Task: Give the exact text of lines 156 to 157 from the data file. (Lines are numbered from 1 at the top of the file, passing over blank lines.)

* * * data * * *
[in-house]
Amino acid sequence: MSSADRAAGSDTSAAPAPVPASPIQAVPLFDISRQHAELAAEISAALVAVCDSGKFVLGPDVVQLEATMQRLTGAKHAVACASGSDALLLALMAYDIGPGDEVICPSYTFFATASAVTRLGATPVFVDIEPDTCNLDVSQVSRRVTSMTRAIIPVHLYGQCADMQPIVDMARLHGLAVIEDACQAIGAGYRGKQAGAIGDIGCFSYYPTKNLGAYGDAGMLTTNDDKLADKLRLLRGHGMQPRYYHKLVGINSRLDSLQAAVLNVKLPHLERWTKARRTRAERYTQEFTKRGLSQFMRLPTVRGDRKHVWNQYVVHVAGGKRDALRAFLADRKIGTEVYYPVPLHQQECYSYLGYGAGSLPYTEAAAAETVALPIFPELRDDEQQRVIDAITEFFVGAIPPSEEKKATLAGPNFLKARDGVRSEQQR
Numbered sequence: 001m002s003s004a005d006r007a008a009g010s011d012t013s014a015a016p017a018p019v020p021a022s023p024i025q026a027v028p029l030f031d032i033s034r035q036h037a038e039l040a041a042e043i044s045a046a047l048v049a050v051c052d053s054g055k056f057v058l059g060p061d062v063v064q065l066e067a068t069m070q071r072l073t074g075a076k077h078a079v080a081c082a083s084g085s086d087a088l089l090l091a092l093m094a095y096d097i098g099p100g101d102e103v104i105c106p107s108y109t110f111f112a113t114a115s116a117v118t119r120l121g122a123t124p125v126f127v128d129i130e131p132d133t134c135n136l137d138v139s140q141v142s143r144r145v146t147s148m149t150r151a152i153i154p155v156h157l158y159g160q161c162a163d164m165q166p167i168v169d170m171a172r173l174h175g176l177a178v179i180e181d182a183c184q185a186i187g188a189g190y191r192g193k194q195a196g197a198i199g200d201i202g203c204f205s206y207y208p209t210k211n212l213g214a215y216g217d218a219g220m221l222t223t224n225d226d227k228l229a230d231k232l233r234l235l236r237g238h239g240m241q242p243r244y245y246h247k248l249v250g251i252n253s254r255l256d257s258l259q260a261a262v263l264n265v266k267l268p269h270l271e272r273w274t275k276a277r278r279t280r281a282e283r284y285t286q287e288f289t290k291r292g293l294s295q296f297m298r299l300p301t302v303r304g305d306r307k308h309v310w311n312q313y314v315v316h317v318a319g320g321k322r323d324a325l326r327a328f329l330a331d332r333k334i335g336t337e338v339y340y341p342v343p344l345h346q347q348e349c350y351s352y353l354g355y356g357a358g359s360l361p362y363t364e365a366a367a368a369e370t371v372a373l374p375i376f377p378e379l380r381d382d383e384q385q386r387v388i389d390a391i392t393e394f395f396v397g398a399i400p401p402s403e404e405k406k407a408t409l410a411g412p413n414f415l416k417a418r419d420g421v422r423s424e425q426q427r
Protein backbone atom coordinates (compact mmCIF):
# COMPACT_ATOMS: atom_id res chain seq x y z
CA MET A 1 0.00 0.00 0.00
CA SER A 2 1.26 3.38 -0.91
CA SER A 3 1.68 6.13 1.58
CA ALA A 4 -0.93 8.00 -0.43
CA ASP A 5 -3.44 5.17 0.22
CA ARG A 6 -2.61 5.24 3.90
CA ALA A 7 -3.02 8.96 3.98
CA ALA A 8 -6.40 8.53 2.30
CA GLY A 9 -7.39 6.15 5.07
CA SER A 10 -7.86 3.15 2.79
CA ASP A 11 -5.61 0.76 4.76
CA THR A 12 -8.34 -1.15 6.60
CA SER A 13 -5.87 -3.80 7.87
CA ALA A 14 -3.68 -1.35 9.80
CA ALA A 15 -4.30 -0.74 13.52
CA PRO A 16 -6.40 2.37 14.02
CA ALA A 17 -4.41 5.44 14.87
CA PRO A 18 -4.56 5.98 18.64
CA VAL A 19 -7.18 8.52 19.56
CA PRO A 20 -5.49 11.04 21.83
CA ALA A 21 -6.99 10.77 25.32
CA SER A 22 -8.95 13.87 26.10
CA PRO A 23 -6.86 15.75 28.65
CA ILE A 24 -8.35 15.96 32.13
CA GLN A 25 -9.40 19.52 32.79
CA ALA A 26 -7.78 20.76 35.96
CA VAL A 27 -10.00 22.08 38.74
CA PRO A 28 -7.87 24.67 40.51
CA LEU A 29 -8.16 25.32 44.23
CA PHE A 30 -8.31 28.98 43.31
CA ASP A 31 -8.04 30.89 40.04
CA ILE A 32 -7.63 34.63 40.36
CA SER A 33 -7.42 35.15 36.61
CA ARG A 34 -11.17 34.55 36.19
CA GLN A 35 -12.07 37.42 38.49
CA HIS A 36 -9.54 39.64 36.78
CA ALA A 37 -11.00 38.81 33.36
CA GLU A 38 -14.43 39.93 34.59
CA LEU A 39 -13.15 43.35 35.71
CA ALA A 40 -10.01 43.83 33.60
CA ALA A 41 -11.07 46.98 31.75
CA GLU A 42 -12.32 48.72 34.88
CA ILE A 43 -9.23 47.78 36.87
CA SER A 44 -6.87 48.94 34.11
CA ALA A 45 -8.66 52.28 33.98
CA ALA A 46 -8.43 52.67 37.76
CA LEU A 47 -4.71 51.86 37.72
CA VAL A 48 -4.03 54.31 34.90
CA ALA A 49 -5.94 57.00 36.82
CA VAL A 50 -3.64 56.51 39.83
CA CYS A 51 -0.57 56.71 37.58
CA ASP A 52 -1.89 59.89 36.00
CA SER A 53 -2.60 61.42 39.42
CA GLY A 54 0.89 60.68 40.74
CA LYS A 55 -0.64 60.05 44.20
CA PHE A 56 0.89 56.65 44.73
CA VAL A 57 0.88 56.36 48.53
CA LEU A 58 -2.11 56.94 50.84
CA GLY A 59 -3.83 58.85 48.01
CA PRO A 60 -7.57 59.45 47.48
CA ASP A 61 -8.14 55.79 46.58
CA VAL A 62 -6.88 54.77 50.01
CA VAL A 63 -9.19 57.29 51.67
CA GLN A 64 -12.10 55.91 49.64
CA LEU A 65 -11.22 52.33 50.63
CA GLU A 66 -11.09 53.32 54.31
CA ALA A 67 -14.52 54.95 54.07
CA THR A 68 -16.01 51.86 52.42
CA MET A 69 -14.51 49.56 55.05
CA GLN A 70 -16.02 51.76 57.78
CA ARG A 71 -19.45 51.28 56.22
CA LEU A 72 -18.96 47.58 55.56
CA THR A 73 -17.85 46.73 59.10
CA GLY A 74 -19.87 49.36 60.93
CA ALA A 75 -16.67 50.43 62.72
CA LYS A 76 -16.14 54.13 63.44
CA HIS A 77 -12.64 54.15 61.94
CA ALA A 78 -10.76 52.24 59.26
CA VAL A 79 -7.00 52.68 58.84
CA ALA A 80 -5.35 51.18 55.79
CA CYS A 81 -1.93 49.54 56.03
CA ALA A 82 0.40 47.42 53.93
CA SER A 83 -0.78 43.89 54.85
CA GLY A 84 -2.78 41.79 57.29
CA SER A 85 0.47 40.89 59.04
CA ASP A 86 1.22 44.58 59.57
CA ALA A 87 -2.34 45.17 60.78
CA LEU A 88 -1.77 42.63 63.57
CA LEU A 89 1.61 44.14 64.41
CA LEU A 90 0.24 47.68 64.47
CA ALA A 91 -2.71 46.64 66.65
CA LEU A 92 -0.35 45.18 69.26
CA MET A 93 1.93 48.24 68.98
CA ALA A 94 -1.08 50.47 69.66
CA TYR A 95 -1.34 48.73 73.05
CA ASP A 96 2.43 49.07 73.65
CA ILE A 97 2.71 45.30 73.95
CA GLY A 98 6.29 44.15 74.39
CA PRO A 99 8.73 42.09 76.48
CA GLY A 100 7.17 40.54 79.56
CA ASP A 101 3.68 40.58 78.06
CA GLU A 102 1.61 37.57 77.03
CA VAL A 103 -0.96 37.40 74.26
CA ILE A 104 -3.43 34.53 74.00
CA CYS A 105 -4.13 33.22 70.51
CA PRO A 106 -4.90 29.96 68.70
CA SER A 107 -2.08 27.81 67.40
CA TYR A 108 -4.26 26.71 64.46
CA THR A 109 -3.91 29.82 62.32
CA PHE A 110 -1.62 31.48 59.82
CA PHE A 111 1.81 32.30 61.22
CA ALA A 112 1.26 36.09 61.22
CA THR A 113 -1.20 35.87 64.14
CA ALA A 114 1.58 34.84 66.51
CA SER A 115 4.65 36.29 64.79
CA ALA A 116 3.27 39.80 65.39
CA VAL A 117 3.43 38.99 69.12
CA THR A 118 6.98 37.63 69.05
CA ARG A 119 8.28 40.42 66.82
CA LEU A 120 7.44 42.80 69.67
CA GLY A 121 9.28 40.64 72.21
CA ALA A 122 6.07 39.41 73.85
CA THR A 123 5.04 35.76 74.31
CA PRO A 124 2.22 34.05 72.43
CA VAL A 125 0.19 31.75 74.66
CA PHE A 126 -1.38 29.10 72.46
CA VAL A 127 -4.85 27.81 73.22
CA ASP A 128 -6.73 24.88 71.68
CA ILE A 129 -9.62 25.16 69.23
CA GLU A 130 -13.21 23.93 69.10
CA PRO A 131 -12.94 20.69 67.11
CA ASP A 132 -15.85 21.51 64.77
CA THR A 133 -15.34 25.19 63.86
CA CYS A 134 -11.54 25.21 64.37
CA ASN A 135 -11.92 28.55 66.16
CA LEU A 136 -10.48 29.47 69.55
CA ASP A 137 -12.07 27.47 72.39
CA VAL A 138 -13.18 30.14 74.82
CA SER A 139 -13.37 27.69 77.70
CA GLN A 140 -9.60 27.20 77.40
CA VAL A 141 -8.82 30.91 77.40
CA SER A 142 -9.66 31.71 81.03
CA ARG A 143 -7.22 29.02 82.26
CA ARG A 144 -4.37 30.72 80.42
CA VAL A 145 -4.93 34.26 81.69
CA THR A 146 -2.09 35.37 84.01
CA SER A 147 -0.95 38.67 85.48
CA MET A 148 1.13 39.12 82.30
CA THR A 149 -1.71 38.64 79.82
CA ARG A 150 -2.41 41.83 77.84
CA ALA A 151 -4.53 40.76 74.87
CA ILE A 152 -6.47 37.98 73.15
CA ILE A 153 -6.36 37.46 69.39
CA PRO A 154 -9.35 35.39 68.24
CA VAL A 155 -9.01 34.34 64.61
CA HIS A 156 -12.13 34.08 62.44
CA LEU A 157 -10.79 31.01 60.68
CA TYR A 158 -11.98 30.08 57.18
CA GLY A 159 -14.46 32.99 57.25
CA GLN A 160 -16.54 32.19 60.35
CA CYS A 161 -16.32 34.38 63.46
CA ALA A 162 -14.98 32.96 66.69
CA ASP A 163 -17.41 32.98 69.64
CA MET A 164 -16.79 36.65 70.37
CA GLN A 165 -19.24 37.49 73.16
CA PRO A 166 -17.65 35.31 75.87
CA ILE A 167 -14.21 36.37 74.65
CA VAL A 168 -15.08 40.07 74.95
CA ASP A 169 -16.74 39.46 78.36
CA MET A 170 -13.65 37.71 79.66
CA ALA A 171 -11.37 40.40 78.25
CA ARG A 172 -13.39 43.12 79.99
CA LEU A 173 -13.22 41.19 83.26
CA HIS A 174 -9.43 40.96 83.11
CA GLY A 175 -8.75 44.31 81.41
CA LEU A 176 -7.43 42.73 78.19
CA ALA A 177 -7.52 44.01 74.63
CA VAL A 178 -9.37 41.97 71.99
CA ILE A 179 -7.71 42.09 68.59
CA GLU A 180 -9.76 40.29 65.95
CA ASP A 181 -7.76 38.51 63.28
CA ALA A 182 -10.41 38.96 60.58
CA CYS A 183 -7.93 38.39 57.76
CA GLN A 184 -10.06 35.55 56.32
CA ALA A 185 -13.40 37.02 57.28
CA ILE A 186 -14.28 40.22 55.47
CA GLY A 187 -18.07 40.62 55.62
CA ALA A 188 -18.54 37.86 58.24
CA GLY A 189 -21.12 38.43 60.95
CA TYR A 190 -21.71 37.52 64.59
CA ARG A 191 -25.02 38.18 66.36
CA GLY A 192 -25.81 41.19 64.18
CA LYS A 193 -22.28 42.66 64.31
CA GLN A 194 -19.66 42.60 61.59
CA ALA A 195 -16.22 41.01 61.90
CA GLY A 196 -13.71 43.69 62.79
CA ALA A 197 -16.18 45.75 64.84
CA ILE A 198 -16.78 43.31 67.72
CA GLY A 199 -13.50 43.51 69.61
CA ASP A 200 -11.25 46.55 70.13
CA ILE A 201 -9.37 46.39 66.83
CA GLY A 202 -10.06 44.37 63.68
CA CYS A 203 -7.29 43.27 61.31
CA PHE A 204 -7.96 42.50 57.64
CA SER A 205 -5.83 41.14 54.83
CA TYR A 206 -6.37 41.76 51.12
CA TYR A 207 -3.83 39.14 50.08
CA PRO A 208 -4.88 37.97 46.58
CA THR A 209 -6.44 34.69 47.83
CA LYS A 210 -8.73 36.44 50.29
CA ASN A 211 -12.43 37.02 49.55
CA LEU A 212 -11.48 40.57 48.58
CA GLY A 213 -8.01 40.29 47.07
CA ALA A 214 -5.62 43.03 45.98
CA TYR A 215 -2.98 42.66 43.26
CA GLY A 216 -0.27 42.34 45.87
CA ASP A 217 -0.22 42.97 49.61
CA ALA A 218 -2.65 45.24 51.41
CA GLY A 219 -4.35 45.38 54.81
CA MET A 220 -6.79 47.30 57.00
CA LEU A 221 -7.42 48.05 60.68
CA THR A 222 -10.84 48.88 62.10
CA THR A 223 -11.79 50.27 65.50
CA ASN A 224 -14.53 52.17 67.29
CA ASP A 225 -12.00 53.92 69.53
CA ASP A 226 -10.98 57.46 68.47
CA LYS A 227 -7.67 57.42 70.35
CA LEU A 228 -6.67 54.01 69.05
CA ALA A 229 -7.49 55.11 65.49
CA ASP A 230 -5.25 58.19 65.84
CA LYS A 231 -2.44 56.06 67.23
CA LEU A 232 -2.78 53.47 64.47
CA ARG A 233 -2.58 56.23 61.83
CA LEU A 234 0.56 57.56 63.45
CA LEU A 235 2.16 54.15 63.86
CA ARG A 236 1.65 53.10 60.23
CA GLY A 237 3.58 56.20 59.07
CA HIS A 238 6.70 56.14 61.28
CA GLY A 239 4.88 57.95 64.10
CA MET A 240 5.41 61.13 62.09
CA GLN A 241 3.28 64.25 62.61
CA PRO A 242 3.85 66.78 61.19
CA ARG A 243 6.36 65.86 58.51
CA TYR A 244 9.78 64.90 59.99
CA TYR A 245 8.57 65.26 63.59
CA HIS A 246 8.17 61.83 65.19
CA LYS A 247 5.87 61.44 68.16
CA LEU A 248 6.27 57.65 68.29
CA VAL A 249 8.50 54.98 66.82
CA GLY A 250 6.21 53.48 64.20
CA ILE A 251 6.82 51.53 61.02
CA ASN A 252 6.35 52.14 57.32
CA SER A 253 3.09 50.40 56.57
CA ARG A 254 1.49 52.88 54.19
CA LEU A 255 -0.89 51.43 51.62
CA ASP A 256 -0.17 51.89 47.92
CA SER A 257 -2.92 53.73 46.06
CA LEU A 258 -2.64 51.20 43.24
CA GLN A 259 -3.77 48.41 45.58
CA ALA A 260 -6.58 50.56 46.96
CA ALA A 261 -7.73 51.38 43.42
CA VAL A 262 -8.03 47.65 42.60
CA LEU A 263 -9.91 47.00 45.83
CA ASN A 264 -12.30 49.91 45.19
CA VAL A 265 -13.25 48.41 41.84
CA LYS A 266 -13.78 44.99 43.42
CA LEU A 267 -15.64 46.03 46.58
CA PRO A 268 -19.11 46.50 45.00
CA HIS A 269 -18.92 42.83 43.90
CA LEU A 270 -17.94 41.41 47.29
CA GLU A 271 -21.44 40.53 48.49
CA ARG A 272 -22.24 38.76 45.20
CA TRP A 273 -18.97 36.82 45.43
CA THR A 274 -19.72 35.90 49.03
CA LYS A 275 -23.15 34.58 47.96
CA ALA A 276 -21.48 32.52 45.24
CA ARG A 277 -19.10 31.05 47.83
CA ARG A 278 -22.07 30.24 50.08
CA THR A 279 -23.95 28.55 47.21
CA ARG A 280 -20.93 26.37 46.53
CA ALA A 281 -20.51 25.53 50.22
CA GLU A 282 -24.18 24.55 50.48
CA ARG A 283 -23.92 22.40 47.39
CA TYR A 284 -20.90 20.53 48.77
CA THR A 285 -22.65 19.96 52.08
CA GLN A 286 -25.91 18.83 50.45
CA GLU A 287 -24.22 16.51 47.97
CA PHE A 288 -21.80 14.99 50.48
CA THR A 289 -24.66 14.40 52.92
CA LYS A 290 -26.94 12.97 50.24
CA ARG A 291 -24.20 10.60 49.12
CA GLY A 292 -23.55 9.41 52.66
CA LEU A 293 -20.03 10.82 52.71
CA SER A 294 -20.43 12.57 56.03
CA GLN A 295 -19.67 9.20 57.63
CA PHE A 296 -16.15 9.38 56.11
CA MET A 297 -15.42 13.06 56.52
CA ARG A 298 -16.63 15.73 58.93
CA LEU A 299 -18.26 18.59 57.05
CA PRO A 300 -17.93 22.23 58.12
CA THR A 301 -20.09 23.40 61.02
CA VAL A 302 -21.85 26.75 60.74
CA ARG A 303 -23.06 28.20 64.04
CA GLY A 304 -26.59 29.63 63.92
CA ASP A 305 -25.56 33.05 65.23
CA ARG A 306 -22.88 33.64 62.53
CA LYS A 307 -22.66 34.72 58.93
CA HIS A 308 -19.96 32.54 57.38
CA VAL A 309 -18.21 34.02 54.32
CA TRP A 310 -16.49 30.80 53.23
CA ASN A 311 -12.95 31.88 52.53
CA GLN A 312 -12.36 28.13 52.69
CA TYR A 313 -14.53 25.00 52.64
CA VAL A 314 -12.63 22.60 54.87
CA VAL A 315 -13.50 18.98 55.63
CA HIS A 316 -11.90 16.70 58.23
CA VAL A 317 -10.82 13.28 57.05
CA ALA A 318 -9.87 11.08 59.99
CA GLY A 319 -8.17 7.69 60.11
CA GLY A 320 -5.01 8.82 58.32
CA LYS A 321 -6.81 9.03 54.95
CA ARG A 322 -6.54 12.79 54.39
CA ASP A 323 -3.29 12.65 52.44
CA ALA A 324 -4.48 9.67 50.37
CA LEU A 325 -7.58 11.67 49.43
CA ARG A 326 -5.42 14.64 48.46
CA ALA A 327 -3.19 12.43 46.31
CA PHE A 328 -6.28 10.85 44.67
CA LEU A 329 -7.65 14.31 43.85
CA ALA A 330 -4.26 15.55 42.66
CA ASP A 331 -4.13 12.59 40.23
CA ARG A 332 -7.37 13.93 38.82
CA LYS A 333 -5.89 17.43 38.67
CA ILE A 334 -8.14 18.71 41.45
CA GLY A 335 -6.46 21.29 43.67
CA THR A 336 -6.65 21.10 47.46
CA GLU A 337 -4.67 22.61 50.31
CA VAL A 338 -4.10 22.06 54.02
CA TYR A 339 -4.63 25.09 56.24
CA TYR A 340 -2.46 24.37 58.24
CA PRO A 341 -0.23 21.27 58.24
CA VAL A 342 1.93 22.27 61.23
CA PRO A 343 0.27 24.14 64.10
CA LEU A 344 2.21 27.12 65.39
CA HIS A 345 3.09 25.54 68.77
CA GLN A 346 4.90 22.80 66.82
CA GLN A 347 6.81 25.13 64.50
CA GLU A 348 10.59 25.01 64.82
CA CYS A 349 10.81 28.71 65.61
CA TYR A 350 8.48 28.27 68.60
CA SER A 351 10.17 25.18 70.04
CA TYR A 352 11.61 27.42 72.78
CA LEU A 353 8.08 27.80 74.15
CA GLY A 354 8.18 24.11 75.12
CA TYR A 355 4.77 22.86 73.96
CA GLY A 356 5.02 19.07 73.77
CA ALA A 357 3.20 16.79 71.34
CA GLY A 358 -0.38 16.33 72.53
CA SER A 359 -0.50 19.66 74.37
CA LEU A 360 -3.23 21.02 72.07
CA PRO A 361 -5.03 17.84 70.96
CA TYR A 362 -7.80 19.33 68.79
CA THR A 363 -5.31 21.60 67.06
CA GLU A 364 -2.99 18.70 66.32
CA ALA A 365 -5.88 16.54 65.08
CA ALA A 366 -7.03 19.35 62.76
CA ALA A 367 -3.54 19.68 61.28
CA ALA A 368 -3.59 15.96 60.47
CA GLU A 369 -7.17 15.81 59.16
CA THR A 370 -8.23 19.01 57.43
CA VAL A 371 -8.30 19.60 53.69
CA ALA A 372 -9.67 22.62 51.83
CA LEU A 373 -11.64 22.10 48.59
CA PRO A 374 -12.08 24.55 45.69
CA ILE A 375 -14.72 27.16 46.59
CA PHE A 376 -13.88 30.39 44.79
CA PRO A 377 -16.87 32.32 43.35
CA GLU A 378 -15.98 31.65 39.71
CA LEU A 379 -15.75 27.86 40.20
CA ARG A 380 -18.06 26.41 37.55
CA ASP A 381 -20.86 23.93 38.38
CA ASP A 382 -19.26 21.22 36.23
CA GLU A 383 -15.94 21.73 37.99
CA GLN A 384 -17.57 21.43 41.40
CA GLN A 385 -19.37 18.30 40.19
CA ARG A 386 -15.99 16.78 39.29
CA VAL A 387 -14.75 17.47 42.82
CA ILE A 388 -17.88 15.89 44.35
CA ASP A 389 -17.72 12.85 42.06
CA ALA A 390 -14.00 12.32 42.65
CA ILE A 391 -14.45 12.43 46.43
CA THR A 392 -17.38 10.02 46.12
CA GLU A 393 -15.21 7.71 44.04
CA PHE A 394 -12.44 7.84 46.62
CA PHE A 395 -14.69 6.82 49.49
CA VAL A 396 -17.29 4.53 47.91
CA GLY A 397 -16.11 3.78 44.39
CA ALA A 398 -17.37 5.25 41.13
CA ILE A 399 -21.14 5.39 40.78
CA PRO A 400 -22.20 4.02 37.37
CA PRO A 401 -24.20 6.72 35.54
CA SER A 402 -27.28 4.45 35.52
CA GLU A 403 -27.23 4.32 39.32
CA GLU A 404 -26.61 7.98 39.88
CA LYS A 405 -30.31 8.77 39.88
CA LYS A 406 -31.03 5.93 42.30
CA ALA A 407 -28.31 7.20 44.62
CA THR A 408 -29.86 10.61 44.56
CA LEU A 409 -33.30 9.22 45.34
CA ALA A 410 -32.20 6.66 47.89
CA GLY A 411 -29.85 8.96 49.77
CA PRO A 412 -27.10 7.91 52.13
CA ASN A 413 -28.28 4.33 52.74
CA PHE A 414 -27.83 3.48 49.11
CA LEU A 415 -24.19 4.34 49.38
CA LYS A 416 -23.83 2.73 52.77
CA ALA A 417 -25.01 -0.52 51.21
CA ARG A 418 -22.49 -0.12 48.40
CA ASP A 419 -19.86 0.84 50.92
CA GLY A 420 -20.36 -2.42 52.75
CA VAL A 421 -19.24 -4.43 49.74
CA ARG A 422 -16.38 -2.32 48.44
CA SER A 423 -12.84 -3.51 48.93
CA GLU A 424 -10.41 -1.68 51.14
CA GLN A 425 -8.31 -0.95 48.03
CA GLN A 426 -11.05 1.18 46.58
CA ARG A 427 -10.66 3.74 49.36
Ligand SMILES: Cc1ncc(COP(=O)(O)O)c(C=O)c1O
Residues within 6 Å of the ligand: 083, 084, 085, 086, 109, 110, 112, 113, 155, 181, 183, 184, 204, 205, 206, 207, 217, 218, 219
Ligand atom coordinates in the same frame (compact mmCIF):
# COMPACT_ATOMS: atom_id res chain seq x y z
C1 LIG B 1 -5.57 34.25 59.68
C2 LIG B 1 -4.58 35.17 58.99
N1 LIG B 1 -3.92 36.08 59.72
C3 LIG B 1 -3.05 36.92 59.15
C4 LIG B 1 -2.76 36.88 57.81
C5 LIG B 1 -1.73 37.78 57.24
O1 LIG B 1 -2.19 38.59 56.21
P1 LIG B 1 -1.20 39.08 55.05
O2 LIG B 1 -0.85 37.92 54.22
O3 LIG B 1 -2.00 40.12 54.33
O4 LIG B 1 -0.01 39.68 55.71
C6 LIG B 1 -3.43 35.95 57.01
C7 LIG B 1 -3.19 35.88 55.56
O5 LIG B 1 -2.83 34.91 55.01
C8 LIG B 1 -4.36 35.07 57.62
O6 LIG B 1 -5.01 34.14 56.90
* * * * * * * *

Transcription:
CA ALA A 151 -4.53 40.76 74.87
CA ILE A 152 -6.47 37.98 73.15